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Conveniently the Olympics were on throughout the entirety of my trip, so I stayed up late watching events at night and then had some pretty lazy mornings getting caught up. I don’t have cable in BC, but Dad has some 800 channels, so my timing was great. I’ve been pretty obsessed with the women’s soccer team ever since I attended FIFA when it was held in Vancouver, so I made sure to watch all their games while I was home (which obviously had a very exciting ending!). Then towards the end of the week I prepared for a short family trip out to Twillingate to visit my Nan – to be covered in my next post!

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Mount Assiniboine Backpacking Trip: Part III

One of the great things about this trip was that after our strenuous 2 day hike to arrive at the campsite (Part I and Part II), we had 3 nights there it which to enjoy it. After the incident on Day 2, it was a relief to know we didn’t have to get up early and carry our big packs anywhere.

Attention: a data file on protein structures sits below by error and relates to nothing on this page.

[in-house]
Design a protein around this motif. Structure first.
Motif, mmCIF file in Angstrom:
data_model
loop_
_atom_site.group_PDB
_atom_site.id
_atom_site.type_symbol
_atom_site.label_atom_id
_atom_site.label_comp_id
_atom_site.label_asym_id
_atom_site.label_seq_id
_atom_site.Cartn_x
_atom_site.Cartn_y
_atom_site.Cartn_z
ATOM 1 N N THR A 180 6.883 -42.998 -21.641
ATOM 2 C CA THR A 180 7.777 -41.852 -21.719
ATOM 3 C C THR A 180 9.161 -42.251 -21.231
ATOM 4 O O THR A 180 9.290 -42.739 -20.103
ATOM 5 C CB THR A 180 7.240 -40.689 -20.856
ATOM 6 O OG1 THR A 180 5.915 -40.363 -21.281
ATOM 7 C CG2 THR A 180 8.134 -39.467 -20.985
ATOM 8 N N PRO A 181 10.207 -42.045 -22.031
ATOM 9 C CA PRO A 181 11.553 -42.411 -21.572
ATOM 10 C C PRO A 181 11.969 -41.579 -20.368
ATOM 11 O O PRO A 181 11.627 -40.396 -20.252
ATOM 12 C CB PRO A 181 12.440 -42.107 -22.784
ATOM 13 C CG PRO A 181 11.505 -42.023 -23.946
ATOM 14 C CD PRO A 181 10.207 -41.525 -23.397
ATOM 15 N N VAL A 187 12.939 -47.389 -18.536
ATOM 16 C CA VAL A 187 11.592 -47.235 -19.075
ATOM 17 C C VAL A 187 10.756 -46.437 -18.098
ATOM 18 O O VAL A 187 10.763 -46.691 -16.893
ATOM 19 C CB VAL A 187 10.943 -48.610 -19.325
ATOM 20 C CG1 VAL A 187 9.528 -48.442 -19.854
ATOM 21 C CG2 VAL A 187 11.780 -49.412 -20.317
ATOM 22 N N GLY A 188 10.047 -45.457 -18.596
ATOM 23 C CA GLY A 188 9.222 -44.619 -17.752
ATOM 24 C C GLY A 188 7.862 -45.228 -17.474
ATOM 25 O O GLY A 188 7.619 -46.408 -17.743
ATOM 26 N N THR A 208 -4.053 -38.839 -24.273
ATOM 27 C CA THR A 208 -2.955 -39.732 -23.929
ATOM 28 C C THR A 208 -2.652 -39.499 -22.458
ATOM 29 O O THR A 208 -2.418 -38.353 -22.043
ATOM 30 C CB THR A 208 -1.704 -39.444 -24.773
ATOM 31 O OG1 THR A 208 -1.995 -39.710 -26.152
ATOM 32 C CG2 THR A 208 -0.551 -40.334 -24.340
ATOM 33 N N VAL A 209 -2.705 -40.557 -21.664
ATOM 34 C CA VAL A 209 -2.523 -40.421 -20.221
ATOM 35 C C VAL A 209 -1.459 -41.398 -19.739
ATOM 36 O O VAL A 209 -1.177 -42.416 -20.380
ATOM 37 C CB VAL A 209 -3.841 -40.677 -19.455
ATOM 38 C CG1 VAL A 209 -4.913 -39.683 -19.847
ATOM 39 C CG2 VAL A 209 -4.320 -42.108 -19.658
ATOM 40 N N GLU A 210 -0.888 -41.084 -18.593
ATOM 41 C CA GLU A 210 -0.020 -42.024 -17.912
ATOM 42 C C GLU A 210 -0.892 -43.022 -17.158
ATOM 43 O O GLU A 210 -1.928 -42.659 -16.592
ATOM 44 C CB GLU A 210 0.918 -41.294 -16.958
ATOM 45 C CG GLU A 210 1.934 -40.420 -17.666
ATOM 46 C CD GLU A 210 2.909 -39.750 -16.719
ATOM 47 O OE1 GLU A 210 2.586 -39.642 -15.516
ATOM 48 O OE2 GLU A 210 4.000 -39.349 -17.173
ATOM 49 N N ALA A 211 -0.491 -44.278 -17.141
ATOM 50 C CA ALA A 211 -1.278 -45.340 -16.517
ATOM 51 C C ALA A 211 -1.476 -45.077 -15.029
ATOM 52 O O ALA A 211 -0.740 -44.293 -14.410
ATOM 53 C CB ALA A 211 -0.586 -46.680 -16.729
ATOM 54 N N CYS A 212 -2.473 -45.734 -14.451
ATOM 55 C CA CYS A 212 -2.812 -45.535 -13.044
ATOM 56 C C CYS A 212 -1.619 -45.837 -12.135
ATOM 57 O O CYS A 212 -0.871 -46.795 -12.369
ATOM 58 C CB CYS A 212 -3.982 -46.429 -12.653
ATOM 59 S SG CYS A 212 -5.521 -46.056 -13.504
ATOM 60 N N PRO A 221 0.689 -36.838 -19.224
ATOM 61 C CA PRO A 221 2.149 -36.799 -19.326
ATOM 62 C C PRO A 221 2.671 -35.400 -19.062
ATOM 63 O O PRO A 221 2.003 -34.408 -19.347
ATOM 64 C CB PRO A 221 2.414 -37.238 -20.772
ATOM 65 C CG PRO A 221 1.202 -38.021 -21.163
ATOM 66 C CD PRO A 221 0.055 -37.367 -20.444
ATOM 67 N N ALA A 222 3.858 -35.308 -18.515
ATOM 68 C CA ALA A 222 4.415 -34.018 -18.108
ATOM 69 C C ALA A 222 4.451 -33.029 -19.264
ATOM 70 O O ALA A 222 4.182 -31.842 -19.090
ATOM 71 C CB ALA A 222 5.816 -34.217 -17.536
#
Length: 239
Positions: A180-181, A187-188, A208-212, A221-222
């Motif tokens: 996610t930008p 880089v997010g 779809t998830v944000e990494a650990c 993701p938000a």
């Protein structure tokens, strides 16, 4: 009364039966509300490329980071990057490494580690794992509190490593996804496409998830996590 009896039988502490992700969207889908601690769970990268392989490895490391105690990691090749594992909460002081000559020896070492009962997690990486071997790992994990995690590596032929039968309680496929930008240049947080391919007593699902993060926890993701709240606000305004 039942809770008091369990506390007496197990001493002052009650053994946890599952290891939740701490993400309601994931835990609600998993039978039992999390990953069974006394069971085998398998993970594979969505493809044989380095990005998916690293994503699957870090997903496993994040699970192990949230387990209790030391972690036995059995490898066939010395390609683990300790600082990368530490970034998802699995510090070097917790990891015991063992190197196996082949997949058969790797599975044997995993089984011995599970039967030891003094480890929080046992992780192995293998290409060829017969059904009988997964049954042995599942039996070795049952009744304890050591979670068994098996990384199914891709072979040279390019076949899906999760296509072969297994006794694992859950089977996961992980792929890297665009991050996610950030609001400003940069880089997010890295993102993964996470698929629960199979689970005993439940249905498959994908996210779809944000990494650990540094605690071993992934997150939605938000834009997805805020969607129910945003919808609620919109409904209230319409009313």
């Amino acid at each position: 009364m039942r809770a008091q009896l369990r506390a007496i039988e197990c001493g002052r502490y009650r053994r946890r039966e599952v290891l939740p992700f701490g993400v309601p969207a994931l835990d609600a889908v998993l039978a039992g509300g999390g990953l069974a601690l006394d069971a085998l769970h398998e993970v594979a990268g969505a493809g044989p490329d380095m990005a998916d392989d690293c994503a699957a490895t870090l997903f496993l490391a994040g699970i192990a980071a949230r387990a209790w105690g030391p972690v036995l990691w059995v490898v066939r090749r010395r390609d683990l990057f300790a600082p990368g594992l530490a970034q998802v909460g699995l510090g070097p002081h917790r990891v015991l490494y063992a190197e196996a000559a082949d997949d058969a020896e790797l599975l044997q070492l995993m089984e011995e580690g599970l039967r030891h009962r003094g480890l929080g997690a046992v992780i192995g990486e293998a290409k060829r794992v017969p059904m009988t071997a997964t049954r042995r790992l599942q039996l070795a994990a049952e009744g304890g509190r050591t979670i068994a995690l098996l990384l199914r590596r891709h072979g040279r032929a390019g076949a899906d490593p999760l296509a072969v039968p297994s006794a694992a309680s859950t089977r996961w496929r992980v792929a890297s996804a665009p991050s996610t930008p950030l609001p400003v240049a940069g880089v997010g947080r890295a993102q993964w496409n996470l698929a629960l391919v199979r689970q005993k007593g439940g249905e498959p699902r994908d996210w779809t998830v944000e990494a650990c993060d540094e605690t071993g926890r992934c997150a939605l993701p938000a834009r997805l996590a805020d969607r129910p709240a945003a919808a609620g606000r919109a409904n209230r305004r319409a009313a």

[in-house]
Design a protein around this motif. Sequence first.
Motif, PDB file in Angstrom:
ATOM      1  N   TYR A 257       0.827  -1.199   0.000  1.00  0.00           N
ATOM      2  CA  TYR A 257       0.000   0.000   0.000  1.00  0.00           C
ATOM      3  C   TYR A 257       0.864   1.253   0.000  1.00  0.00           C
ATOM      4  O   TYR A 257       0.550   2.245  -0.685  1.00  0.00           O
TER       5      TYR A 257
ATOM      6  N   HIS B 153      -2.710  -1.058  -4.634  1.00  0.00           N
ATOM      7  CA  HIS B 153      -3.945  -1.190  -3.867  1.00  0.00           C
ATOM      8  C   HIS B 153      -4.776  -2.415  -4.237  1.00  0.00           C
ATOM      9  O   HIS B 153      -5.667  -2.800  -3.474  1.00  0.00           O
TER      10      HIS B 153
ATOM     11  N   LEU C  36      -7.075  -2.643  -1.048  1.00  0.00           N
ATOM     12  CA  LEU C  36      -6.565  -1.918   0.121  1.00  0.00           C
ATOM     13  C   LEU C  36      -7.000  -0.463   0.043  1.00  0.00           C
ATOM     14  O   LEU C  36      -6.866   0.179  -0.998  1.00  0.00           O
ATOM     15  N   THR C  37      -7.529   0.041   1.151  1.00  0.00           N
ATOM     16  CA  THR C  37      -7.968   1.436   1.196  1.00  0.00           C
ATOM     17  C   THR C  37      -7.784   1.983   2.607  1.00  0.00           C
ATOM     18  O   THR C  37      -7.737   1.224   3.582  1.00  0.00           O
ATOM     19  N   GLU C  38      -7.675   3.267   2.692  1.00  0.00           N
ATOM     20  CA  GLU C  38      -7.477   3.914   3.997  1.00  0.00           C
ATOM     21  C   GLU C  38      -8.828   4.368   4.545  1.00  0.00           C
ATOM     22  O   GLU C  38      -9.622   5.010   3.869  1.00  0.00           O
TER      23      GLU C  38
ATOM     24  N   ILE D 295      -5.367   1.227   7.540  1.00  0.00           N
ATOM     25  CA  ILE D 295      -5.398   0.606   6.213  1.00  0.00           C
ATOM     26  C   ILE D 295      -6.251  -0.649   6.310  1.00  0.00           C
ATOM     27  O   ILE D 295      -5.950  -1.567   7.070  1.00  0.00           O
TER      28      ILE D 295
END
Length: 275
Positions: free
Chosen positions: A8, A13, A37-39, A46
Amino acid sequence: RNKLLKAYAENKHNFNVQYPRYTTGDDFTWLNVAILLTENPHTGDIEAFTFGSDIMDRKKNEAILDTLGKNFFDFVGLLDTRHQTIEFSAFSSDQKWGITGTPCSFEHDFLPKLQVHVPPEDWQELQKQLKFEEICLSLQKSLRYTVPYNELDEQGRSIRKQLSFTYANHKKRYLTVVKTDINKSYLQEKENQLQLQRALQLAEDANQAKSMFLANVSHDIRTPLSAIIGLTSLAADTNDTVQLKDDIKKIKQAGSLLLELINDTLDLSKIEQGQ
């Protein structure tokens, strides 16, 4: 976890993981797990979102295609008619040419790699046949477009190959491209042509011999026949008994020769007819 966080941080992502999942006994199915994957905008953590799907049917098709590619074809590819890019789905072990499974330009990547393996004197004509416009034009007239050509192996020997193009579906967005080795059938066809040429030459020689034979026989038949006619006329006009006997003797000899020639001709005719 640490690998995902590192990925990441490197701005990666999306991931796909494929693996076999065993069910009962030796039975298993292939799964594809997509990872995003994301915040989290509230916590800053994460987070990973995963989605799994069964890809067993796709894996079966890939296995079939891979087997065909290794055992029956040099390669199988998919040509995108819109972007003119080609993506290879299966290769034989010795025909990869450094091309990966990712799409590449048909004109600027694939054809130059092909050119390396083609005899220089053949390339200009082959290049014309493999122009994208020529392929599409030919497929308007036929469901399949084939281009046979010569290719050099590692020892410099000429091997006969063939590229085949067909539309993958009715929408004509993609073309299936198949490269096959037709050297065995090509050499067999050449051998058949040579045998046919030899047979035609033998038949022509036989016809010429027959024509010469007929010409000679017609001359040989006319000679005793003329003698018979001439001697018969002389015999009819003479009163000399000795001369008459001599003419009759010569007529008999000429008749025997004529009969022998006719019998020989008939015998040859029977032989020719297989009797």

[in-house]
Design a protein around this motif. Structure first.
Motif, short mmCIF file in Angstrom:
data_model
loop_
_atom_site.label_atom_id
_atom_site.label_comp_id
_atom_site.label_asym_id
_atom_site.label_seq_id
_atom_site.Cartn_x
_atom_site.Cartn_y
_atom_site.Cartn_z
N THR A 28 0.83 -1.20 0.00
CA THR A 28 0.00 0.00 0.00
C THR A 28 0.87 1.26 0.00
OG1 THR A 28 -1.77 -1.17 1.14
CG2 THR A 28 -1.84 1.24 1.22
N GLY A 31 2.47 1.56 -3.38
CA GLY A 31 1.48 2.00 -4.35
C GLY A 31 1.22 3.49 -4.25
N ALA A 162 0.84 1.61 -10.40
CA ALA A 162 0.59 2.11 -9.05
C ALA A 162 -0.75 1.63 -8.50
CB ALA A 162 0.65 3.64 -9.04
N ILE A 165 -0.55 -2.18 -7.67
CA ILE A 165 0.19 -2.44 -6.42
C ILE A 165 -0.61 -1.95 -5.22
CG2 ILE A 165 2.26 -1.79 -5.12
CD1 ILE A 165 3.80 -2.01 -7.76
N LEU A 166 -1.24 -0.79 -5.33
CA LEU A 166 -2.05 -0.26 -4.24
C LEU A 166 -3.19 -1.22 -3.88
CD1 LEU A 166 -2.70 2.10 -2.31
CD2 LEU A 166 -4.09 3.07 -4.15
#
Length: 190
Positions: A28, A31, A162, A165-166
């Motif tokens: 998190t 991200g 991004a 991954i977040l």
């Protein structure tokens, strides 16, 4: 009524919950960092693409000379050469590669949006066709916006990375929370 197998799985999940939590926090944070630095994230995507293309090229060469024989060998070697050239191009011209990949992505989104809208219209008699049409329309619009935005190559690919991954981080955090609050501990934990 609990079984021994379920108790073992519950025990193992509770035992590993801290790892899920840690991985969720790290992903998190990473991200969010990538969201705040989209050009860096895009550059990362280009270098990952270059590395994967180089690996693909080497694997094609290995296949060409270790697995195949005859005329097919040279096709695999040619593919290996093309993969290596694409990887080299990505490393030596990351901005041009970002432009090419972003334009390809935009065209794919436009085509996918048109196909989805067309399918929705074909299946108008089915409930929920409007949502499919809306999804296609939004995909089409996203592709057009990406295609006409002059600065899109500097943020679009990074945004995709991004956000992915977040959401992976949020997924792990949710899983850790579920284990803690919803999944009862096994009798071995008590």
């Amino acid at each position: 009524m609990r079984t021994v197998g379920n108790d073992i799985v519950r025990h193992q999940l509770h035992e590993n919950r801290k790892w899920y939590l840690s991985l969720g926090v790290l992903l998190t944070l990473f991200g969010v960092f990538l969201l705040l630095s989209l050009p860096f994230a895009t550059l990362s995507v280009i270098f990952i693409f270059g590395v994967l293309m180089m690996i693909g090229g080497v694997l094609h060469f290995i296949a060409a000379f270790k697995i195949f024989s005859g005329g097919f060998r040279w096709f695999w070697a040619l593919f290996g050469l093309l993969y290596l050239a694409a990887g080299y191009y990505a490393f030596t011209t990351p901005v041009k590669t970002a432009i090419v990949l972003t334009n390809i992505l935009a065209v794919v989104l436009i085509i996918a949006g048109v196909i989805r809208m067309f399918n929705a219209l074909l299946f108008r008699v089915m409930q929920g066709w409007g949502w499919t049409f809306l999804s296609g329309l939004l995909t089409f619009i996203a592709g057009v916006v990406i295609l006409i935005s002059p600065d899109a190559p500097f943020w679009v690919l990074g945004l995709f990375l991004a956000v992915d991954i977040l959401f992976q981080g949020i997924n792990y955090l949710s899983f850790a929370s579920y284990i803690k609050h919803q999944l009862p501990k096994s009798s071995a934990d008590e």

We had big plans to sleep in, but it was still the middle of a heat wave and the sun had big plans to cook us. The previous 2 days had been around 32 degrees, but on Days 3 and 4 it went up to a whopping 36 degrees! I can only imagine how hot it must have been in town when it was so hot up in the mountains. I’ve rarely experienced 36 degree temperatures anywhere, and definitely never at elevation.

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So the sun woke us up at 7:30am and there was really no avoiding it. As soon as it hits your tent it totally bakes you. Brandon tried to block it out by putting his sleeping bag over the tent, but we eventually had to admit defeat and got up. We had a lazy breakfast at the cooking shelter and made friends with the other campers. Because of grizzly bears you’re not allowed to do any cooking by your tent at Magog Lake. There’s a large cooking area with lots of picnic tables and a covered shelter, so we did all our cooking in the shade of the shelter and stored our smellies at the bear cache.